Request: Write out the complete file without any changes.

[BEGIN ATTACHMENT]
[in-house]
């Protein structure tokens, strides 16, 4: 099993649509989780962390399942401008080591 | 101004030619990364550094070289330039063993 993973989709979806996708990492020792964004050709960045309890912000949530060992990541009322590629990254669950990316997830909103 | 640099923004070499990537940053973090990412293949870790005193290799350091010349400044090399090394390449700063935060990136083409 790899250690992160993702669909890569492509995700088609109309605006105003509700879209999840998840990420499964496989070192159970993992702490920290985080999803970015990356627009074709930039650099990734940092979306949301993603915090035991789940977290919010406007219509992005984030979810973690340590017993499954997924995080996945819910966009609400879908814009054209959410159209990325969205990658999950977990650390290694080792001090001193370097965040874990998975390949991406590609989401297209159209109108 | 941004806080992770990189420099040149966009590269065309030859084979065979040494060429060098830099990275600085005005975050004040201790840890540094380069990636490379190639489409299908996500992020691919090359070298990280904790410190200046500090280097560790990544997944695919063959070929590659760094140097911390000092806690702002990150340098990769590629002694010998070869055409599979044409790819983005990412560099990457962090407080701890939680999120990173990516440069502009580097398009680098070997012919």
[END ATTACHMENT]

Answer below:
[in-house]
């Protein structure tokens, strides 16, 4: 099993649509989780962390399942401008080591 | 101004030619990364550094070289330039063993 993973989709979806996708990492020792964004050709960045309890912000949530060992990541009322590629990254669950990316997830909103 | 640099923004070499990537940053973090990412293949870790005193290799350091010349400044090399090394390449700063935060990136083409 790899250690992160993702669909890569492509995700088609109309605006105003509700879209999840998840990420499964496989070192159970993992702490920290985080999803970015990356627009074709930039650099990734940092979306949301993603915090035991789940977290919010406007219509992005984030979810973690340590017993499954997924995080996945819910966009609400879908814009054209959410159209990325969205990658999950977990650390290694080792001090001193370097965040874990998975390949991406590609989401297209159209109108 | 941004806080992770990189420099040149966009590269065309030859084979065979040494060429060098830099990275600085005005975050004040201790840890540094380069990636490379190639489409299908996500992020691919090359070298990280904790410190200046500090280097560790990544997944695919063959070929590659760094140097911390000092806690702002990150340098990769590629002694010998070869055409599979044409790819983005990412560099990457962090407080701890939680999120990173990516440069502009580097398009680098070997012919």